Scientists tell us that we can live between 46-73 days without food and a little over a week without water. But the reality is that we cannot live a minute without hope.
One of the warmest images of the Christmas story for me happened on the day baby Jesus was brought by His parents into the temple…to present Him to the Lord (Luke 2:22). Of all the people in the Temple precincts that day, and there had to have been hundreds, maybe thousands, only two were living in hope.
In this instance they happened to be elderly people, in their 70’s or 80’s. One of them, named Simeon, had been living for years in the hope that God would save His people, Israel.
In fact, God had promised Simeon that he would not die until he had seen the Christ. That hope filled Simeon’s heart and life and kept him going. He held on to the promise and in the end he did more than see… he held the Christ.
The other person living in hope that day was Anna, the prophetess and widow. She had been spending night and day in the temple precincts, in prayer and fasting for over 40 years, believing she would live to see the Messiah, the salvation of Israel.
When Anna saw the infant Jesus she announced the baby as the Christ to all who were gathered in the temple that day.
Simeon and Anna are an example to us of those who, in our aging, and even in our personal struggles, never lose the hope of the salvation of the Christ in our lives, our families and our day.
Hope is looking forward with a joyful and confident expectation of something good being possible.
* Hope’s orientation is towards the future.
* Hope’s attitude is joyful.
* Hope’s posture is confident.
* And hope’s object is something good.
Things may be going badly with your health right now, with your finances, or your family… but there is always hope that something good is possible.
There is only one problem.
For the most part, it is misplaced hope… because it is focused on things over which we have no control.
Misplaced hope is the reason the entire Jewish nation, except a few shepherds, two elderly prophets, and a few of foreign astronomers, missed the arrival of their promised Messiah.
The Jews called the Messiah they were waiting for “The Hope of Israel.”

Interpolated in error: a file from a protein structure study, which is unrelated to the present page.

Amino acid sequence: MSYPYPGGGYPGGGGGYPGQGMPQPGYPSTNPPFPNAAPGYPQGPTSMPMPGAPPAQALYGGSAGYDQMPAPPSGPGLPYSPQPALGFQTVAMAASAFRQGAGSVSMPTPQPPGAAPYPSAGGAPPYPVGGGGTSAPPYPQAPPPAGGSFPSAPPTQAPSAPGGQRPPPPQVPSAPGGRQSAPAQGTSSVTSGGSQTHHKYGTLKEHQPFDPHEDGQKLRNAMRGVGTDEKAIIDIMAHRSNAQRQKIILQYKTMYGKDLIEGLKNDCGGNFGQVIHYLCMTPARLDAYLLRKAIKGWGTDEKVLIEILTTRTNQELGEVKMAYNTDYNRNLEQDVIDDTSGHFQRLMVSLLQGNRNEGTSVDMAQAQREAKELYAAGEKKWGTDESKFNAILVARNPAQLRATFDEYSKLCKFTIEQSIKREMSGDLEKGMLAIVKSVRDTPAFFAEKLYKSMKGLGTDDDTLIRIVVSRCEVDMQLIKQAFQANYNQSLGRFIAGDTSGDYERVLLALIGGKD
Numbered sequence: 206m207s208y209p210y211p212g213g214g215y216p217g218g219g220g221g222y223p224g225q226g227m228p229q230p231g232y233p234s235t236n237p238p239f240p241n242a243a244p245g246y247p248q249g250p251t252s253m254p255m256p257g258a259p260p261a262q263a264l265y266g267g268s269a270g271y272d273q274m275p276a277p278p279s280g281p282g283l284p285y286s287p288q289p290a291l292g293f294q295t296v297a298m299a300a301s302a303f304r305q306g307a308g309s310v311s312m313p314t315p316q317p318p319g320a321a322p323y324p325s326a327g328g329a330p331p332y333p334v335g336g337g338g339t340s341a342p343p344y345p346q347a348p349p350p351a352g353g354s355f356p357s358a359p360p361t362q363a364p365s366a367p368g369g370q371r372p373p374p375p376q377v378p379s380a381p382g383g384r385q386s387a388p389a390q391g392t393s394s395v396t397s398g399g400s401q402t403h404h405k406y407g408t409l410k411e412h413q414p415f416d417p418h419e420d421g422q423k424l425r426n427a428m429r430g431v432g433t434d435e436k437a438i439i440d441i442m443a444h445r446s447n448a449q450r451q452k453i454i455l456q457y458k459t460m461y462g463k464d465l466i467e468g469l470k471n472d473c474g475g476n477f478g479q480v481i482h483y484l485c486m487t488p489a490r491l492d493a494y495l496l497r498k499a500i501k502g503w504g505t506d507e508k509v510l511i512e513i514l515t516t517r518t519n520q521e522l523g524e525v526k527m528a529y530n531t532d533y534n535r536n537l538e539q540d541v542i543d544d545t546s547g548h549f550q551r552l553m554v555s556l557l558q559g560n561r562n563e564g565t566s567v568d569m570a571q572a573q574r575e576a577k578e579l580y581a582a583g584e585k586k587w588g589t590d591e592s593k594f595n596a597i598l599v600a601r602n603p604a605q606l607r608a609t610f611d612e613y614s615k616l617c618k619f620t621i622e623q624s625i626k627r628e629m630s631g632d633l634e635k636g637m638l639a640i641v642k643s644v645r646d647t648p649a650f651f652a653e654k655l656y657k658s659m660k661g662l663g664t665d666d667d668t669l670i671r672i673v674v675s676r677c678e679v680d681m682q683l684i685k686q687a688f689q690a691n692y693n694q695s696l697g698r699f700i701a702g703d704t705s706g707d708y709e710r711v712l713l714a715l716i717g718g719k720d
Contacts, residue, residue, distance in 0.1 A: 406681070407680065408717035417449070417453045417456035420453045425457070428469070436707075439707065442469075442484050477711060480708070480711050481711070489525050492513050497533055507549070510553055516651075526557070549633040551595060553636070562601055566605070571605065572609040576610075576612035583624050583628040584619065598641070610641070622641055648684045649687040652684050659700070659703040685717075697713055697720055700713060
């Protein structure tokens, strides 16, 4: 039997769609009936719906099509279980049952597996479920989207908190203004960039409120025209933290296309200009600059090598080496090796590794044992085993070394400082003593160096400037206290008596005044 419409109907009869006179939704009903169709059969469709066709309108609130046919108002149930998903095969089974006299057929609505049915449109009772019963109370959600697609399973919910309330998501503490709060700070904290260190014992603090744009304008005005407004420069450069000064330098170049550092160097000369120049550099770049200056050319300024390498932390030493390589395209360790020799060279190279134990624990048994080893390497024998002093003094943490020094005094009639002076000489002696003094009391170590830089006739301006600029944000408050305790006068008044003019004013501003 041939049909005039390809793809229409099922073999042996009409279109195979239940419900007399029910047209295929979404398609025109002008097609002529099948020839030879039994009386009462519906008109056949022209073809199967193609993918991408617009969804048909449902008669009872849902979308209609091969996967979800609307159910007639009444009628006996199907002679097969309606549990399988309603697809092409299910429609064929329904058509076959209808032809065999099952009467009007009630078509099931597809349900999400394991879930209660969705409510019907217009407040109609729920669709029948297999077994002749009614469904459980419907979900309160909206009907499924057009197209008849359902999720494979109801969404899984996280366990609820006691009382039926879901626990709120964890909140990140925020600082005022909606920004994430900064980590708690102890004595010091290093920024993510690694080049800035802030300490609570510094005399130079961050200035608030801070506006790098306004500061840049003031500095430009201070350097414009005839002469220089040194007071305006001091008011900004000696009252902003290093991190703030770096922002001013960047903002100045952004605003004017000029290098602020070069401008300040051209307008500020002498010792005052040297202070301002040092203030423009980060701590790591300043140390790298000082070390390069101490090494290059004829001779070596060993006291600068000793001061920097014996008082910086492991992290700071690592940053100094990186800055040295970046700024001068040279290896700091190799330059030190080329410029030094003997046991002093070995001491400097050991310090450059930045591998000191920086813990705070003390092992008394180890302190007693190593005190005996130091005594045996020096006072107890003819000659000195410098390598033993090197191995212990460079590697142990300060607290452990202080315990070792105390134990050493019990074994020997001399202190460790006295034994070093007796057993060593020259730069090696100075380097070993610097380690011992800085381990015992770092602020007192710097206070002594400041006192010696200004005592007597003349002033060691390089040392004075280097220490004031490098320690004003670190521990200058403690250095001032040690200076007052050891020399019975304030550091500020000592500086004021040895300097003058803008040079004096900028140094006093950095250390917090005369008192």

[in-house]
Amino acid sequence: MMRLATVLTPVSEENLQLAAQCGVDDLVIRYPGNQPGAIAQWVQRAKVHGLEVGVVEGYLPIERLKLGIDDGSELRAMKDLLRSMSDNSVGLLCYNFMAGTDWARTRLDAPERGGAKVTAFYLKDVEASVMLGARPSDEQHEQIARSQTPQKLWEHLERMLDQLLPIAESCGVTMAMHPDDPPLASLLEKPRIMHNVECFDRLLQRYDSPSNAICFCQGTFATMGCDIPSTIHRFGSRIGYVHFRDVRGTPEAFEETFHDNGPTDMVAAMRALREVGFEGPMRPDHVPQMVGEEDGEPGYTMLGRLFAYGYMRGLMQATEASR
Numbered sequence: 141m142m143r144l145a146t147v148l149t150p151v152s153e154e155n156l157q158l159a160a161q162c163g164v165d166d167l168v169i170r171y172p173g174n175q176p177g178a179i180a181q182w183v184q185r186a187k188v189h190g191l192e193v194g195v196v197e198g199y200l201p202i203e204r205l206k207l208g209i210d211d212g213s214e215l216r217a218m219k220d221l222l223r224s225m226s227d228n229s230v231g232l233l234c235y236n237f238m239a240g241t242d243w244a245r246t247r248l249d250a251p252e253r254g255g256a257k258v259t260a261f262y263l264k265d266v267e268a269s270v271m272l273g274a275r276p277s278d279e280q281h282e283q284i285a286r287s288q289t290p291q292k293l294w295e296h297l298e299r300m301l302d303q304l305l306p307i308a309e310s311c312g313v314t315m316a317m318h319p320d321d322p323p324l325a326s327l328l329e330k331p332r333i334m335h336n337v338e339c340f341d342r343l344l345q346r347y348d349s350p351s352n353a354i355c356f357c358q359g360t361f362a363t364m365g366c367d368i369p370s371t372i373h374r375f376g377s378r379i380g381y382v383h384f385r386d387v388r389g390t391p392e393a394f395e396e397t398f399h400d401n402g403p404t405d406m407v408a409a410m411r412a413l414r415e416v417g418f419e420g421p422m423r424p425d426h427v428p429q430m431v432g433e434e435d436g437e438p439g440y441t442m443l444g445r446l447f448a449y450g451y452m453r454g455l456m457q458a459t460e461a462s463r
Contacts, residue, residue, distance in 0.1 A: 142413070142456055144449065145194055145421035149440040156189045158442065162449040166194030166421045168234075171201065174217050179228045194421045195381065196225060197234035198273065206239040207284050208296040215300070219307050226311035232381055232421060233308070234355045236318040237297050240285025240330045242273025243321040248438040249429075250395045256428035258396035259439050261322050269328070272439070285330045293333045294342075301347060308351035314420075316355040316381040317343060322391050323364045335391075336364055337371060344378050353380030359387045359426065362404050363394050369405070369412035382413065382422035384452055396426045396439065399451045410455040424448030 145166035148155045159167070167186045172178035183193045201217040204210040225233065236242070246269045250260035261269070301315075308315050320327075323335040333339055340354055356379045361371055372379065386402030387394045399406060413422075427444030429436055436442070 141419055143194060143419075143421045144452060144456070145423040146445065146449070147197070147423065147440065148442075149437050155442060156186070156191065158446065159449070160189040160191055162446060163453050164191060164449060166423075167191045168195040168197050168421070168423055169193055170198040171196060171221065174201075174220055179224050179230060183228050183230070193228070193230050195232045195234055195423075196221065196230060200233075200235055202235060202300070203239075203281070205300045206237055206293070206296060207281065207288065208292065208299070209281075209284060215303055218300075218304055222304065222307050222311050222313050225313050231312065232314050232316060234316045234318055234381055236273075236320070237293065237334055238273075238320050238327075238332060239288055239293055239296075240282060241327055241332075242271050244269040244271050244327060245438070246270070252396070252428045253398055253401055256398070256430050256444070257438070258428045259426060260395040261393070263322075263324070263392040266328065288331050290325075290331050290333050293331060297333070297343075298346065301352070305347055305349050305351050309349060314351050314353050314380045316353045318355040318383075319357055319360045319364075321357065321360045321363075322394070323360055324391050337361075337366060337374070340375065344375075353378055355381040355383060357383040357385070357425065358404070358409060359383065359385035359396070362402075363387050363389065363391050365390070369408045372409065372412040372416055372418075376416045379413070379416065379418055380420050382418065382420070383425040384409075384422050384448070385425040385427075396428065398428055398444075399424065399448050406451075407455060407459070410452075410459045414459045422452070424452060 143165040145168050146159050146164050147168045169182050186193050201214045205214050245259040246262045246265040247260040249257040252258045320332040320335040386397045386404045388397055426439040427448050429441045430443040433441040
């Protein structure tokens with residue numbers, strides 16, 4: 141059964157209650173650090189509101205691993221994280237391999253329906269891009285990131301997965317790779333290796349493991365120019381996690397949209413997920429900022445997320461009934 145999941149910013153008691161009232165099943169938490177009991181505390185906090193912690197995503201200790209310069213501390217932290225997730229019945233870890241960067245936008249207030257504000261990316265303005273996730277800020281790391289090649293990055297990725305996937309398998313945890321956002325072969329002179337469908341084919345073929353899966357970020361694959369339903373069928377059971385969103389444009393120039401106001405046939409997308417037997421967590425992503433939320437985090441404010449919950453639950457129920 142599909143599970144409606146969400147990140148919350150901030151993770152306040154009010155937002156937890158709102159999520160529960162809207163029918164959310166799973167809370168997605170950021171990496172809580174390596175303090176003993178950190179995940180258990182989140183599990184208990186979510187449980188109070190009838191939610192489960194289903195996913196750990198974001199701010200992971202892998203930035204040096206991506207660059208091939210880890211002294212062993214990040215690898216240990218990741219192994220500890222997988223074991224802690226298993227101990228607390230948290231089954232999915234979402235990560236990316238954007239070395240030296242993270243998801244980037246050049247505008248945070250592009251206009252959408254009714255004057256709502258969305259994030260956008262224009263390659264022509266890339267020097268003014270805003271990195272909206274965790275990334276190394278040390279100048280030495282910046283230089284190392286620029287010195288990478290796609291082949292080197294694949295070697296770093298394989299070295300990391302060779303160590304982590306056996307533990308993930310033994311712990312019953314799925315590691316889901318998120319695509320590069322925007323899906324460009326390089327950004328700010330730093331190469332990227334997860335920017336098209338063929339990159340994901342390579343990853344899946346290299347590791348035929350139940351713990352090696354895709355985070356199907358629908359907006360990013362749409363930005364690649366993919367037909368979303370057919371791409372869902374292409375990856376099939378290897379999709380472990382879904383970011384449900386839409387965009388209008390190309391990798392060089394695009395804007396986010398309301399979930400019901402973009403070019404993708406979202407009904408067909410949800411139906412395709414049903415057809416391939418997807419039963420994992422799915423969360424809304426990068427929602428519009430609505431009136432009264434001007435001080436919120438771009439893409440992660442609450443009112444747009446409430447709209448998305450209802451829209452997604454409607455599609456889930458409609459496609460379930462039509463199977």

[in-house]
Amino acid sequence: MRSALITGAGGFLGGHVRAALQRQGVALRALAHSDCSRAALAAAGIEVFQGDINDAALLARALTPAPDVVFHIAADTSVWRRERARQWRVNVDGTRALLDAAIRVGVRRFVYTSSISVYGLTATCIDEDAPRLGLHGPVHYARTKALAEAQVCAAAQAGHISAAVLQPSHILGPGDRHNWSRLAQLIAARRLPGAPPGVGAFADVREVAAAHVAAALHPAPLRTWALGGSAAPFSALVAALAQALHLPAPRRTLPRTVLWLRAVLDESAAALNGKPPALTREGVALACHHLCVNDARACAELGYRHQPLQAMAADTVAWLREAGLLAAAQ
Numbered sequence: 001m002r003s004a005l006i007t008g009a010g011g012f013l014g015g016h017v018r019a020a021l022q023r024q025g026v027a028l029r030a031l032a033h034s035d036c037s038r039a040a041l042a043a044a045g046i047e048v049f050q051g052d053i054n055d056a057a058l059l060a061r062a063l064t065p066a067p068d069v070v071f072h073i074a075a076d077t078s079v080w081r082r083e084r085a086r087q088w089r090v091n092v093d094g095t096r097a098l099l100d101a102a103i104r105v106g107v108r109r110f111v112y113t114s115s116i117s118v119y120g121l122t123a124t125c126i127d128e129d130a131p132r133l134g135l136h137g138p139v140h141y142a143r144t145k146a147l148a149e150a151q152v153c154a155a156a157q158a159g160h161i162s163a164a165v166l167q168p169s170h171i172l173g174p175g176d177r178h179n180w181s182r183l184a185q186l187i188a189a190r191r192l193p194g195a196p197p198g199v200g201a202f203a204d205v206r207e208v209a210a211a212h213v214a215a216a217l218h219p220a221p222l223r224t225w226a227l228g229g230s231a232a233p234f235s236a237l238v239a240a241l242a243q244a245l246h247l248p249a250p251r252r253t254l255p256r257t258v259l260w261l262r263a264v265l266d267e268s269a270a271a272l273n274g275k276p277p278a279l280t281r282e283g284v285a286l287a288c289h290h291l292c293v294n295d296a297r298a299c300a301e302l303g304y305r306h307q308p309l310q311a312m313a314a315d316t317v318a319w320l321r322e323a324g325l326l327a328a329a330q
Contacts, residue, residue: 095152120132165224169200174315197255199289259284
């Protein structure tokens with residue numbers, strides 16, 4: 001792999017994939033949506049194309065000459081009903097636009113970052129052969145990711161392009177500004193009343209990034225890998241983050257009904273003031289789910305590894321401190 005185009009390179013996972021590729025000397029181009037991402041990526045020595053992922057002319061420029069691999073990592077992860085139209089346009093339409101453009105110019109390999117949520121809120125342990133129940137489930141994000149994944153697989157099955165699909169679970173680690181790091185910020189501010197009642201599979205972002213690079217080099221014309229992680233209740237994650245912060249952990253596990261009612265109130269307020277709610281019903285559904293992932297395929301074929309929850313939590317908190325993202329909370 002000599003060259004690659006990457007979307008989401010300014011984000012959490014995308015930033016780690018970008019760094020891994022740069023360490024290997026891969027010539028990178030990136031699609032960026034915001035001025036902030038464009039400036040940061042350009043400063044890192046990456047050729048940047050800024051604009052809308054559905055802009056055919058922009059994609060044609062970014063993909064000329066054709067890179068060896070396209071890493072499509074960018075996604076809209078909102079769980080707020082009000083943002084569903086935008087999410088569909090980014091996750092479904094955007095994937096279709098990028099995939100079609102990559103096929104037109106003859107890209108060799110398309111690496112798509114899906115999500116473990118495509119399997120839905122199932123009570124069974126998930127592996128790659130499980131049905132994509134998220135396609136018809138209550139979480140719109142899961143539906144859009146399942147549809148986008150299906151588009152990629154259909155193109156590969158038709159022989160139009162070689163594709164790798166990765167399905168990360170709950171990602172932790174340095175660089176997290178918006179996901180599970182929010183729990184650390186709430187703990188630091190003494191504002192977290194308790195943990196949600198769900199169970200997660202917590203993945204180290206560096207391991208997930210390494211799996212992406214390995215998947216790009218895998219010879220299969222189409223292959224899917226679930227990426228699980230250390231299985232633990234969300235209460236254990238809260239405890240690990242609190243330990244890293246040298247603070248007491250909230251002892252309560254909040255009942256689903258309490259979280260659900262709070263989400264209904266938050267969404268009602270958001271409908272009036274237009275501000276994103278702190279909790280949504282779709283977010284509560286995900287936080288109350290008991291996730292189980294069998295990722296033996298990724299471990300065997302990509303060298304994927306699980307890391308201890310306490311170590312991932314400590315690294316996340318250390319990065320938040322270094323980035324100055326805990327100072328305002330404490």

But when Jesus was born… everyone in the nation except a small handful missed it.
Because at the time they were obsessed with the predicament they were in, and the focus of their hope was a Messiah who would…
Throw off Roman domination and restore the nation of Israel to the glory days of King David and Solomon.
*Cancel harsh taxation and bring economic relief.
*Restore the fortunes of the days when Israel was a world-dominating power.
*Bring healing for the diseases that was decimating the populous.
*Revive their national pride.
So, when Jesus was born in a lowly stable, in Bethlehem, to a carpenter’s family, from lowly community called Nazareth… they missed it except for Simeon and Anna!
The apostle Paul opens a letter to his young friend, Timothy, and says, “Paul, an apostle of Christ Jesus according to the commandment of God our Savior, and of Christ Jesus, who is our hope…”
Why is Jesus our hope?
Because the most important elements of living and dying are found in Him.
*Forgiveness of sin.
* Deliverance from the power of sin.
* Adoption into the family of God.
* Peace with God.
* Joy everlasting.
* Living in the revealed presence of God.
* A life on earth with divine purpose and eternal consequences.
* A God who is at work in you and me to produce Christlikeness into us in every situation.
* Placement into family, the Body of Christ…the ones around you right here today.
* Eternity in His presence in the home Jesus said He was going to prepare for those who love Him.
No wonder the Psalmist David wrote, “Behold, the eye of the LORD is on those who fear him, on those who hope in his steadfast love…” (Psalm 33:18)
Or Paul wrote, “Rejoice in hope, be patient in tribulation, be constant in prayer.” (Romans 12:12)
Or the writer of Hebrews wrote, “We have this as a sure and steadfast anchor of the soul, a hope that enters into the inner place behind the curtain…” (Hebrews 6:19)
Our hope is Jesus!
Jesus did not come to fulfill the American dream for you or me.
He did come to give us a hope far deeper and more important than anything money can buy.